One of the things I like best about our repartee is that we both make good faith efforts to answer questions that we pose to each other. So here are a few questions with answers mixed in.
                  Do you agree that the DA’s donated to by Soros have acted in the pursuit of ” social justice” by the way they administer their office? Bail reform being part of their effort. Some like Gascon and Boudin have advocated for the elimination of incarceration. If so, should they? I know that bail is intimately assigned by the judge, but the prosecutor plays a huge role in that it’s office asked for ” appropriate” bail.
                  In the examples that I have given,
                  yes Soros is the largest donor of these progressive DA’s Some examples are , $ 3, 625,000 to Gascon. ( facing recall) $ 1, 145, 000 to Krazner and $2, 000,000 to Foxx. Certainly can’t say that without his donations they would NOT have won. But you are not so naive to believe that money does not play a HUGE role in getting elected. All in all Soros has given over $28 million to ” progressive ” DA’s.
                  As far as going on record supporting them, I think that his donations speak for themselves.
                  As far as the link between Soros and rising crime I don’t know what other evidence is needed to convince you. I didn’t break down violent crime by category with the pertinent percentage but, it is a FACT that violent crime has gone up significantly in all of the districts where DA’s supported by Soros are in charge. What other type of evidence do you need? I ask you for the 4th time. Is this just coincidence?
                  I don’t know about other people , but Soros’ country of origin, his money nor his nationality or faith have anything to do with my disliking what he does. Do I think that his ” progressivism” plays a role? Yes.

              2. Paul,

                As a lawyer, I need to see hard evidence. I grant you that crime has increased, but there may just be a correlation with the new DA’s not a causation. Are the DA’s advocating that violent criminals go free without bail or rather minor felonies? Are accused racists and murderers being let off in the “name of social justice?” Your accusations need backing up. DA’s have a lot of discretion. We expect them to maintain a sense of fairness, that is, treating likes alike, and and a sense of justice, that is, determining who gets prosecuted. I can’t say without know specifics whether a particular DA is being unfair or unjust.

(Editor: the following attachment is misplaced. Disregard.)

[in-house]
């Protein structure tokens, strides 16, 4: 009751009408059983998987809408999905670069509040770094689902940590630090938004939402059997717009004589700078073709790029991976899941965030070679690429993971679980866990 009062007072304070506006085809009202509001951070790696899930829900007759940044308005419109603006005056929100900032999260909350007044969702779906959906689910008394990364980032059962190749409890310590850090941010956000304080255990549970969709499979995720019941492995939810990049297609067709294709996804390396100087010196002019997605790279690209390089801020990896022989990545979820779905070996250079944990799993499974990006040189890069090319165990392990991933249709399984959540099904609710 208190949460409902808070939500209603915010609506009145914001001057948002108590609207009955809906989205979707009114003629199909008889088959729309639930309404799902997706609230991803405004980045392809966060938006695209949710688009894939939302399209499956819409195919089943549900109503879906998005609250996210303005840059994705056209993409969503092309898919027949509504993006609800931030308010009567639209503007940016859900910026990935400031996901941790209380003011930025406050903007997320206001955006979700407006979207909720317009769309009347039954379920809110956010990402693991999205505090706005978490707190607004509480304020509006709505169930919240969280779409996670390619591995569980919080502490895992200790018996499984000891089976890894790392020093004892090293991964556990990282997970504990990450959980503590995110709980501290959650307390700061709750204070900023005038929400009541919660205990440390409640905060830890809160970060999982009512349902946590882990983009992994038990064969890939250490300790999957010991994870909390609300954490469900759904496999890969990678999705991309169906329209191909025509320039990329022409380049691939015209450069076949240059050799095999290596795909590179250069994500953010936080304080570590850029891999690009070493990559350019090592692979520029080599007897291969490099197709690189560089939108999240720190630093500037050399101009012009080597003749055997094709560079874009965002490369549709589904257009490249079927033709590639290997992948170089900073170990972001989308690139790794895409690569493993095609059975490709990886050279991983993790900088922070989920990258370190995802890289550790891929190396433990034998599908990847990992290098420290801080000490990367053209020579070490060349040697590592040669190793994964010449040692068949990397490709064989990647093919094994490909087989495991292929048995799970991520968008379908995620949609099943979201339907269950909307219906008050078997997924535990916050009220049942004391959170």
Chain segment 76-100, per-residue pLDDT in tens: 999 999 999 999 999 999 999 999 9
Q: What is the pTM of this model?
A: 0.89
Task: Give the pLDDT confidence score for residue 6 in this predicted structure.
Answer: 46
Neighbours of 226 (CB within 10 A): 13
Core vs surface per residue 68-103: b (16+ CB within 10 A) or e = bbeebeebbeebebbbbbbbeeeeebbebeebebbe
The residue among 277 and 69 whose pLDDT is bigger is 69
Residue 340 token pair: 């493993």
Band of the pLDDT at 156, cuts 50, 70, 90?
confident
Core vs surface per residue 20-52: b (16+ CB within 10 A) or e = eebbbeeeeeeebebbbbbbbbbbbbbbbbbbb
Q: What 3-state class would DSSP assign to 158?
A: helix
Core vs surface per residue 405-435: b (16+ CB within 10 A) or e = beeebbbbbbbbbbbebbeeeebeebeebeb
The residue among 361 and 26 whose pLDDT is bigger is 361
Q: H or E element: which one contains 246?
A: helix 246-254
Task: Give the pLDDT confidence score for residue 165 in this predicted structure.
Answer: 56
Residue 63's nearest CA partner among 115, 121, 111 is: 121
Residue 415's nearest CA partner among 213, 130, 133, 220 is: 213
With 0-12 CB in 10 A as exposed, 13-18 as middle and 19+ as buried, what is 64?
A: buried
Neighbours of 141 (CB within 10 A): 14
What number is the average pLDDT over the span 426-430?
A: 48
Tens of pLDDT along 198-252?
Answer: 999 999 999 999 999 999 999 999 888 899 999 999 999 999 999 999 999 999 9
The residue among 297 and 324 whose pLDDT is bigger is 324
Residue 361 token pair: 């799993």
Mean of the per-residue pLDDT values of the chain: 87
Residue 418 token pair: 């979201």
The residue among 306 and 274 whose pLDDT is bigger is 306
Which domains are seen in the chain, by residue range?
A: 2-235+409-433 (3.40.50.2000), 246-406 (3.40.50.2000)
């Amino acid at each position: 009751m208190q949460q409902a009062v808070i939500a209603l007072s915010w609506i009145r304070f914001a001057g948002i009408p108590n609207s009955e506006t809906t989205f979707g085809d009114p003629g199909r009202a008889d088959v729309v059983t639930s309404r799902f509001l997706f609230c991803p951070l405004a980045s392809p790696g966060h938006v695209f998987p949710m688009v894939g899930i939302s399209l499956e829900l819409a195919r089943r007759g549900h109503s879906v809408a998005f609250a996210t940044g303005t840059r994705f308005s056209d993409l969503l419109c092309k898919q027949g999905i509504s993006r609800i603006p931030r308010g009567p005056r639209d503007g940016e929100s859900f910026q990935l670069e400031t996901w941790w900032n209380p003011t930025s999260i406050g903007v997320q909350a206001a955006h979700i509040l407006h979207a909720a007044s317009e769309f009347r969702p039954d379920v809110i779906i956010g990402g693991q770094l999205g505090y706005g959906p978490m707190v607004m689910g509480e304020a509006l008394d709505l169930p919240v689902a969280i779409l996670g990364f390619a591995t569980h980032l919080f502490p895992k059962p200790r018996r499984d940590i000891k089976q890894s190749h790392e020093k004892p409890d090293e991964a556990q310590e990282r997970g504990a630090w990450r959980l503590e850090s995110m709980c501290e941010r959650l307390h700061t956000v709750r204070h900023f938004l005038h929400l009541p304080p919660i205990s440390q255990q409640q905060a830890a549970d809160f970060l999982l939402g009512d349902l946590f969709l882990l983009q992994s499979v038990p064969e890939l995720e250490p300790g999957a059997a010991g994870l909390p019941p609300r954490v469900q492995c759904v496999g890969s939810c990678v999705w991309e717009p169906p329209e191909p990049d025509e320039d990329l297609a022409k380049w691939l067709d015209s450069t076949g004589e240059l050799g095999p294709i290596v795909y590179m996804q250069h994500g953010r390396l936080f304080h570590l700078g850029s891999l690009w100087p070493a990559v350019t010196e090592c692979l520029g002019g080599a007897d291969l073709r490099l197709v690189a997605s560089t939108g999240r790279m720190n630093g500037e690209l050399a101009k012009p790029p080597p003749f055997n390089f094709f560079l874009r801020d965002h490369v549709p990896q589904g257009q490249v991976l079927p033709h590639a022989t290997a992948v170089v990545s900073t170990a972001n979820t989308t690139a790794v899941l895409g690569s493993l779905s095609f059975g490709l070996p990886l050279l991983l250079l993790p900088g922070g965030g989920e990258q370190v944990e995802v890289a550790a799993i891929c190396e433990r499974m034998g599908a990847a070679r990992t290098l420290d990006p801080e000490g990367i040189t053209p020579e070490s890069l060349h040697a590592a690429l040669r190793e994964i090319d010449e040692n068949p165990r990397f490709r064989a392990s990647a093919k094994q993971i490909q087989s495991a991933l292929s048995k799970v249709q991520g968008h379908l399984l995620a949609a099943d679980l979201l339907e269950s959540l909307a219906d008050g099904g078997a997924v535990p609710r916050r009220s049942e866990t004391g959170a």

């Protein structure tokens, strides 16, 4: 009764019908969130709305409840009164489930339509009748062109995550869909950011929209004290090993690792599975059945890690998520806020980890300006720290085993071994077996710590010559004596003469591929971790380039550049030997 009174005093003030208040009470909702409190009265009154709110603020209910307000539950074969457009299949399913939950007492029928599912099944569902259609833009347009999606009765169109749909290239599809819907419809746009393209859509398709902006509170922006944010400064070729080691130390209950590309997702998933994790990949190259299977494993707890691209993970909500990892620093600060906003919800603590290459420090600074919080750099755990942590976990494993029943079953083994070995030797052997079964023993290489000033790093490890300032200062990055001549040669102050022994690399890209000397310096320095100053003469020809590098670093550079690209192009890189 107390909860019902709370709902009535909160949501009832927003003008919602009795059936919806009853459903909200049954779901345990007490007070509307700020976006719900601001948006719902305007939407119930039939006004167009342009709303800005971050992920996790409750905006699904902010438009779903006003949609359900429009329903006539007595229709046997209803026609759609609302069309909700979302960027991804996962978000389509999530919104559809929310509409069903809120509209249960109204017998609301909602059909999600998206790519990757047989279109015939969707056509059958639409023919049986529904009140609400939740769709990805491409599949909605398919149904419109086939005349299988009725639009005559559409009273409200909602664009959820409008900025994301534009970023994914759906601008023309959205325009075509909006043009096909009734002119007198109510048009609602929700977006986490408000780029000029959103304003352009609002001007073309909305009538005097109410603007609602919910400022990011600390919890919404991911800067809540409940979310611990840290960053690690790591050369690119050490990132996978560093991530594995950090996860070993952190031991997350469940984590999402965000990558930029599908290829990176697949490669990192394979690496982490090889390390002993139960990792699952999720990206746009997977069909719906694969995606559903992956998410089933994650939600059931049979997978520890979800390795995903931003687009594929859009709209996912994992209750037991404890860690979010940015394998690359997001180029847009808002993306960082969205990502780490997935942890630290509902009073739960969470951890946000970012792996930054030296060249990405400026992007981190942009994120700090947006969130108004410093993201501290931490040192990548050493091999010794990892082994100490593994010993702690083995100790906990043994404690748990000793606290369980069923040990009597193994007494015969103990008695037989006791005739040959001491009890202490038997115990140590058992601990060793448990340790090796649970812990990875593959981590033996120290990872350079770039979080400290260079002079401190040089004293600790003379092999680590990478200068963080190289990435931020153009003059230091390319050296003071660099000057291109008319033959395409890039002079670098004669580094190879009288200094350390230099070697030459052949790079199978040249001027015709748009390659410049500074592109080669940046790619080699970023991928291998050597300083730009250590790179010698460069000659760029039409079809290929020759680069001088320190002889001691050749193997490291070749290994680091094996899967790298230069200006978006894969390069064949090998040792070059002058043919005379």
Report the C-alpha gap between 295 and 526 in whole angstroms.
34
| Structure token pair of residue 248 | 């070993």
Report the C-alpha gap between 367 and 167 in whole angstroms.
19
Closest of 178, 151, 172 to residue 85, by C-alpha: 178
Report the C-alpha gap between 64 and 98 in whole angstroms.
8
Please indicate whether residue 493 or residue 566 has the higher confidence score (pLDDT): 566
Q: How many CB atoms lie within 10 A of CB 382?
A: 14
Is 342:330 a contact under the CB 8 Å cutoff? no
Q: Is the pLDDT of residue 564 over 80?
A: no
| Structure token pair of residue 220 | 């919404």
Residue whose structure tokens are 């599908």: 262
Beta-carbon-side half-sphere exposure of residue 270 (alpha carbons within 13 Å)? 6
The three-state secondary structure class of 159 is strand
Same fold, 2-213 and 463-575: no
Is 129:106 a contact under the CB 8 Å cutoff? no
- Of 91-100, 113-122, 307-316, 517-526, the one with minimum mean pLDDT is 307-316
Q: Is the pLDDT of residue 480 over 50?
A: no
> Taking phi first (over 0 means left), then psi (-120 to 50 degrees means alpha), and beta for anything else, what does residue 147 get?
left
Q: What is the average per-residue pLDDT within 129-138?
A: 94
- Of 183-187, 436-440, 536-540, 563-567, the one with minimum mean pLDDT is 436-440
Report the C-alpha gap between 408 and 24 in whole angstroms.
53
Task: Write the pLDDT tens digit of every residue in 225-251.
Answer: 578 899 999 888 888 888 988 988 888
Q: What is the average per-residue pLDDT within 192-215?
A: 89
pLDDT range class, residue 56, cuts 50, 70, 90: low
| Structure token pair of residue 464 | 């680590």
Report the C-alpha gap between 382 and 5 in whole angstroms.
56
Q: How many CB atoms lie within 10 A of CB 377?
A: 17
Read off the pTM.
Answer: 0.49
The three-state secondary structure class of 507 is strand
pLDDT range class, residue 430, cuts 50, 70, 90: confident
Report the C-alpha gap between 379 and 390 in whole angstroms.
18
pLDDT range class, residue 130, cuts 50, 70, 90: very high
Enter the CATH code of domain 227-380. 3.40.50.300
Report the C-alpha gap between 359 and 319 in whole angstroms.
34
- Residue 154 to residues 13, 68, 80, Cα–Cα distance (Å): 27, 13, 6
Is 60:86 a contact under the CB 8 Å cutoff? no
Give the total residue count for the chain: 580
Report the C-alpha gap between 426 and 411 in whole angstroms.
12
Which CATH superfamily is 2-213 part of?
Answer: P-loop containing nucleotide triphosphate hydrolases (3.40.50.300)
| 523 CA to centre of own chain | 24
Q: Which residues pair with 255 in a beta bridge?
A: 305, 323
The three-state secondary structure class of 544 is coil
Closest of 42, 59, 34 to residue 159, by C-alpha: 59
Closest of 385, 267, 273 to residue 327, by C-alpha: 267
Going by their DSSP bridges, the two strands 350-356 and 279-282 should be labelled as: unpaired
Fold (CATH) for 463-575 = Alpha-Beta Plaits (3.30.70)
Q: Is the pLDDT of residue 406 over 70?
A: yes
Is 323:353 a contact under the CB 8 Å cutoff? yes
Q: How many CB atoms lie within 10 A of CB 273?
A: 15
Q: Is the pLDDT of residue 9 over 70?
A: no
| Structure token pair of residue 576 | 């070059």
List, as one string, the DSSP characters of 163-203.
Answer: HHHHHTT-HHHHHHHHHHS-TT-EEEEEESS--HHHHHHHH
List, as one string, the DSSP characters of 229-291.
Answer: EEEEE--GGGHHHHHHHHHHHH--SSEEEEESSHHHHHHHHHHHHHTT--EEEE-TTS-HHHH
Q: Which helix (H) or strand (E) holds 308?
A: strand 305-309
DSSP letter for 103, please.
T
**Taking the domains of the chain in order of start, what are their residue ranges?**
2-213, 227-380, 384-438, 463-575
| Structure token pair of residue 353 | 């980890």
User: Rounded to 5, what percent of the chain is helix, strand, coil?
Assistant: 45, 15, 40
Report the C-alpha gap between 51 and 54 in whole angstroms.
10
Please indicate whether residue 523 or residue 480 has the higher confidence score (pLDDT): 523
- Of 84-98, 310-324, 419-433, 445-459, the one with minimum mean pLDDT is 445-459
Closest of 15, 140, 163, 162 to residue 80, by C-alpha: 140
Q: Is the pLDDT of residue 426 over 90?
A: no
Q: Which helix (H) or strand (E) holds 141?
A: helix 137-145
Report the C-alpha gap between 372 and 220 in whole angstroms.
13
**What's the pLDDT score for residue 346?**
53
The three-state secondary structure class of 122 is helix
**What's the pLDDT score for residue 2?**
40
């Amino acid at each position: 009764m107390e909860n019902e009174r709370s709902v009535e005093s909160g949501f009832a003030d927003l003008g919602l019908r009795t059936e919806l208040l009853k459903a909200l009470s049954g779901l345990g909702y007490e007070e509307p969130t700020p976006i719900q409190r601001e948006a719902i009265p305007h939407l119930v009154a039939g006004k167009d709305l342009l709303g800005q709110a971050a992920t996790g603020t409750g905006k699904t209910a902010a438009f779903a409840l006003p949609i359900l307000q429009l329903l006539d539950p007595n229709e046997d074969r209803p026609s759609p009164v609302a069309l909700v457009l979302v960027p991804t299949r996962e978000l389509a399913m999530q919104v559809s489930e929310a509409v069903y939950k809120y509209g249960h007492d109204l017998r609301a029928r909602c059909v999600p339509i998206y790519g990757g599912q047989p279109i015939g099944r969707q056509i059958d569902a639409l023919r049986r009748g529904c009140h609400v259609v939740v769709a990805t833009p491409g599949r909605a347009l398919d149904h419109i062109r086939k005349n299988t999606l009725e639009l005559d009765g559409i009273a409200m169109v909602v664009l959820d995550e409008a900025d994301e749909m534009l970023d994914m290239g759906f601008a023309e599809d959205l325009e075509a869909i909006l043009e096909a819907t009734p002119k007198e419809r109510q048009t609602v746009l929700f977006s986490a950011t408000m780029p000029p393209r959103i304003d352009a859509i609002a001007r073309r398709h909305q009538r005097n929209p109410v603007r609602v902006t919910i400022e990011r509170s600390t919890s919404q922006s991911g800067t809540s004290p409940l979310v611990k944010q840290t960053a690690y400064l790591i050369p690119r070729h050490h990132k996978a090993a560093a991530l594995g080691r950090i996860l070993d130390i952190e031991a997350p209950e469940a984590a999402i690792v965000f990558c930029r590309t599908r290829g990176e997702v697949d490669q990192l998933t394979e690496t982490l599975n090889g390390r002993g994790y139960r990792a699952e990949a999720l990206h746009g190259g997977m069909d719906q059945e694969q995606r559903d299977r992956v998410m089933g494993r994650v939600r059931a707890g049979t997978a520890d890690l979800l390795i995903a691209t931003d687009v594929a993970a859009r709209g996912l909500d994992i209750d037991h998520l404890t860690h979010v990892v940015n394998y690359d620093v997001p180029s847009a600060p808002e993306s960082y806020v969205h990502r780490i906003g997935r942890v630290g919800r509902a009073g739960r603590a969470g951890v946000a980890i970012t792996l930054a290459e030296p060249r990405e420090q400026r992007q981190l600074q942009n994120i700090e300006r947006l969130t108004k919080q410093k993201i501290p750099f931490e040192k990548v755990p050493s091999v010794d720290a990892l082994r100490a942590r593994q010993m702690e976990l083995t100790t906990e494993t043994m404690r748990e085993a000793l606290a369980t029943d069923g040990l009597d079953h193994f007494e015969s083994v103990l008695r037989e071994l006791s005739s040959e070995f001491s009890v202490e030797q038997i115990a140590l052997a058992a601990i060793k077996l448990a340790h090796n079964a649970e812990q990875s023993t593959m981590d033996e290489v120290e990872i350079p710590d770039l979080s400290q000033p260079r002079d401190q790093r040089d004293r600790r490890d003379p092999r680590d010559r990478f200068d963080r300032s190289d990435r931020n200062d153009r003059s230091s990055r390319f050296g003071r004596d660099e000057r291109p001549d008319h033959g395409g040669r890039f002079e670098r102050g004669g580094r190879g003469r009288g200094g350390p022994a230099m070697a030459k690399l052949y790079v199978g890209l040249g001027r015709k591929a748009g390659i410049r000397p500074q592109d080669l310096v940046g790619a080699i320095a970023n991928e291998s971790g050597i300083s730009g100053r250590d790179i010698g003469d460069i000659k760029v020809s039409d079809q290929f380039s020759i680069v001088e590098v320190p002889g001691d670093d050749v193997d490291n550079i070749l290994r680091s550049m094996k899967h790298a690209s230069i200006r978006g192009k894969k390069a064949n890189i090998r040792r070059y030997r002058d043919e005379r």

As for Soros, if you don’t know his motivation, then you can’t blame him for a rising crime rate. You don’t honestly believe these DA’s want crime rates to increase do you?

                1. Jeff, your correlation ” a mutual relationship or connection between two or more things” vs. causation ” the relationship between cause and effect” is a neat word game in order for you not to admit that these things are not coincidences . You are really splitting hairs.
                  ” Are the DA’s advocating that violent criminals go free without bail”? Maybe not without bail but minimal bail, not appropriate bail, usually with ankle monitors as opposed to being bound over.
                  And the DA’s have discretion. But that is to determine whether the case presented to them by law enforcement meets the criteria of a crime. If there is evidence that a crime has been committed it is their DUTY to take it to trial. It has nothing to do with a ” sense of justice”. Justice will be provided by a jury of their peers.
                  ” Are accused racists and murderers being let off in the name of ” social Justice”? By ‘”Let off “I am assuming you mean acquitted. That is the result of a trial not a DA’s decision.
                  Again what specifics do you need? You admit that crime in these jurisdictions has gone up relative to these DA’s being elected. Gascon and Boudin are being recalled. You referred to a wager in another one of our exchanges. You want to bet on their recall? Even in the most liberal state in the union I predict these two Democratic DA’s will be recalled. Which is a difficult thing to do. Will the voice of the people be specific enough?